(2012) 3 KerLJ 567 : (2012) 3 KLT 824 : (2014) 11 RCR(Criminal) 2489
KERALA HIGH COURT
( Before : S.S. Satheesachandran, J )
JACOB MATHEW AND ANOTHER — Appellant
MANIKANTAN ALIAS G. MANI AND ANOTHER — Respondent
Criminal M.C. No. 663 of 2012
Decided on : 13-07-2012
Criminal Procedure Code, 1973 (CrPC) – Section 482
Penal Code, 1860 (IPC) – Section 34, Section 499, Section 500, Section 501, Section 502
V. Subair Vs. P.K. Sudhakaran, (1987) CriLJ 736
Counsel for Appearing Parties
Sumathy Dandapani and Millu Dandapani, for the Appellant; B. Mohanlal, T. Prasad, Saiju S. and R. Ranjith, PP, for the Respondent
S.S. Satheesachandran, J.—Petitioners are the accused in a pending case on the file of the Judicial First Class Magistrate Court-II, Kollam. That case has arisen on a private complaint filed by the 1st respondent alleging commission of offences under Sections 499, 500, 501 and 502 read with Section 34 of the Indian Penal Code against the accused persons – printer and publisher of a daily and its editor. In the Malayala Manorama daily, in its Kollam Edition, published on 21.08.2008, four photographs over an incident were published, in which, one photograph showed the complainant more or less nude, and, that, publication has caused defamation and harm to him, was the case presented by the complainant to prosecute the printer and publisher and also the editor of the above daily for the offences stated supra. The learned Magistrate, recording the sworn statement of the complainant, ordered summons to the petitioners, the accused persons. Cognizance taken of the offences against them on the complaint is challenged in the petition invoking the inherent jurisdiction of this Court u/s 482 of the Code of Criminal Procedure, for short, the ‘Code’.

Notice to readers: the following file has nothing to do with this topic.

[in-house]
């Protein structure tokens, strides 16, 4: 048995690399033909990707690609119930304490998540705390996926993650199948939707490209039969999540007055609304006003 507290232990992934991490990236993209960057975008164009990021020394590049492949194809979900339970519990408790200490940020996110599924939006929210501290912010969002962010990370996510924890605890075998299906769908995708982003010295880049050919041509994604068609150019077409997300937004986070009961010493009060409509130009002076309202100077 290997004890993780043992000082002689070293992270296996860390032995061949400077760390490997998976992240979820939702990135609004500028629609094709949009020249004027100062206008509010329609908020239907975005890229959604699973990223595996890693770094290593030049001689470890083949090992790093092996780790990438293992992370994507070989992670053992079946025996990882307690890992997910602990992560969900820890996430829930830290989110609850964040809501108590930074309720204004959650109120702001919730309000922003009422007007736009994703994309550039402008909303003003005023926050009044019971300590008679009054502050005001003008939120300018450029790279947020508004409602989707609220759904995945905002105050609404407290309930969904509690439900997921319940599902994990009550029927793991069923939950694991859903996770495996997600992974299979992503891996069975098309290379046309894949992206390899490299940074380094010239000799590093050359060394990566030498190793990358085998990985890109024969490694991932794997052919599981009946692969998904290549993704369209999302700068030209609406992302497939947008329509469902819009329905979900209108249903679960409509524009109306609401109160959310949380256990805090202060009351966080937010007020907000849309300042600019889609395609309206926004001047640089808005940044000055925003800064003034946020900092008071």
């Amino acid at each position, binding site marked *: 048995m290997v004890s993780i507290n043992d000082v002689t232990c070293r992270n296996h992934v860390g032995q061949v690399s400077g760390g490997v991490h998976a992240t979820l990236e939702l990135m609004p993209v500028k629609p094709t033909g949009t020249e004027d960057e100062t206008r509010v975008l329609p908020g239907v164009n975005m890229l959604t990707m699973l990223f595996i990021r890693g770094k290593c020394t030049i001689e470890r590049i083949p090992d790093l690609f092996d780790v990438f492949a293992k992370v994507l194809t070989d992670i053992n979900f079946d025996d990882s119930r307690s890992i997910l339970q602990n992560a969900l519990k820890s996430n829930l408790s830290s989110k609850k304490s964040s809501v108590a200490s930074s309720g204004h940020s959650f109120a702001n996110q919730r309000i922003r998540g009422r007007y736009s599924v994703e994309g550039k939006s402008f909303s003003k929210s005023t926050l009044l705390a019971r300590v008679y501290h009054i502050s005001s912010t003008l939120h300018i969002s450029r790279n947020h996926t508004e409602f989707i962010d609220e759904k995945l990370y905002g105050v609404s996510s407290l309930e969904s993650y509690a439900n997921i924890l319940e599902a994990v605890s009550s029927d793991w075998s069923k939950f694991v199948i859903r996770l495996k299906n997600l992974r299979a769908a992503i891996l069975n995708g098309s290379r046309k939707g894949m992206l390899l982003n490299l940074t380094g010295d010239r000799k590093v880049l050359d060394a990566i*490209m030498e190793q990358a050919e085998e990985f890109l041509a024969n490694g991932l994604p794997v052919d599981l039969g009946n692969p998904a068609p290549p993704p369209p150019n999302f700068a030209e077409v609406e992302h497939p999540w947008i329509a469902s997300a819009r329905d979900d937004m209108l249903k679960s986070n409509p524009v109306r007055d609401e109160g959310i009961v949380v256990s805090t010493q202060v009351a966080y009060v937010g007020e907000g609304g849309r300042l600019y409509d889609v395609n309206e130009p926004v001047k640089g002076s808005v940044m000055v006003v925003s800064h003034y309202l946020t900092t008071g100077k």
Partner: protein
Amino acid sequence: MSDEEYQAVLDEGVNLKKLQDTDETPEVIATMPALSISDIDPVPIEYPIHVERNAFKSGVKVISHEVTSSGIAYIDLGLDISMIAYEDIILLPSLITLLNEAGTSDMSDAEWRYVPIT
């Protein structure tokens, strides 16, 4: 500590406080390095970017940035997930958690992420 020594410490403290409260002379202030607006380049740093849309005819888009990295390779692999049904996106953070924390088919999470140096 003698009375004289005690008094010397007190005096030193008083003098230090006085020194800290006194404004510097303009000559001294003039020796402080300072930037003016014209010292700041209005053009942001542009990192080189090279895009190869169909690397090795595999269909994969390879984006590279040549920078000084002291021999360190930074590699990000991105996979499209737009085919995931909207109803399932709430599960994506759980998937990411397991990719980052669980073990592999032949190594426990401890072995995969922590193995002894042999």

2. Annexure A is copy of the complaint and Annexure B, copy of the publication in the daily showing the photographs published, one of which is alleged to have defamed and caused loss of reputation to the complainant. The 1st respondent/complainant is an autorickshaw driver. He claims to be the leader of Autorickshaw Drivers Union. In the Malayala Manorama newspaper of Kollam Edition, on 21.08.2008, four photographs depicting a sequence of events which occurred during a strike conducted by the autorickshaw drivers on the previous day, were published. Those photographs published mainly center around the de facto complainant, is not disputed. The 1st respondent/de facto complainant is shown in the first photograph pelting a stone at an autorickshaw, plying through the public road, presumably, discarding the strike call given by his Union. Second photograph shows the complainant throwing yet another stone at the autorickshaw, which, by then, had passed him. The third photograph shows the complainant caught by the police being taken to a police jeep. The fourth photograph shows the de facto complainant being forcefully pulled out from the police jeep by his associates, presumably, striking autorickshaw drivers, and that being prevented by a policeman sitting in the jeep. That photograph shows the complainant suspended horizontally in midair, with his pants partially removed revealing his buttocks bare and naked, while he was being pulled out from the jeep with both his hands held by his associates, and a policeman sitting in the jeep catching hold of his lower limbs preventing his forcible removal. Publication of that photograph has caused loss of reputation to him, his wife and other family members, is his case. His wife is now made fun of by her colleagues and friends asking her to see that the complainant/her husband leave the house only after wearing an undergarment. He is also made fun of by his friends and associates stating that they would purchase an undergarment for him if he has no money. Publication of the four photographs, referred to above, has defamed the complainant and the members of his family, and so much so, the accused persons are liable to be prosecuted for the offences imputed, is his case.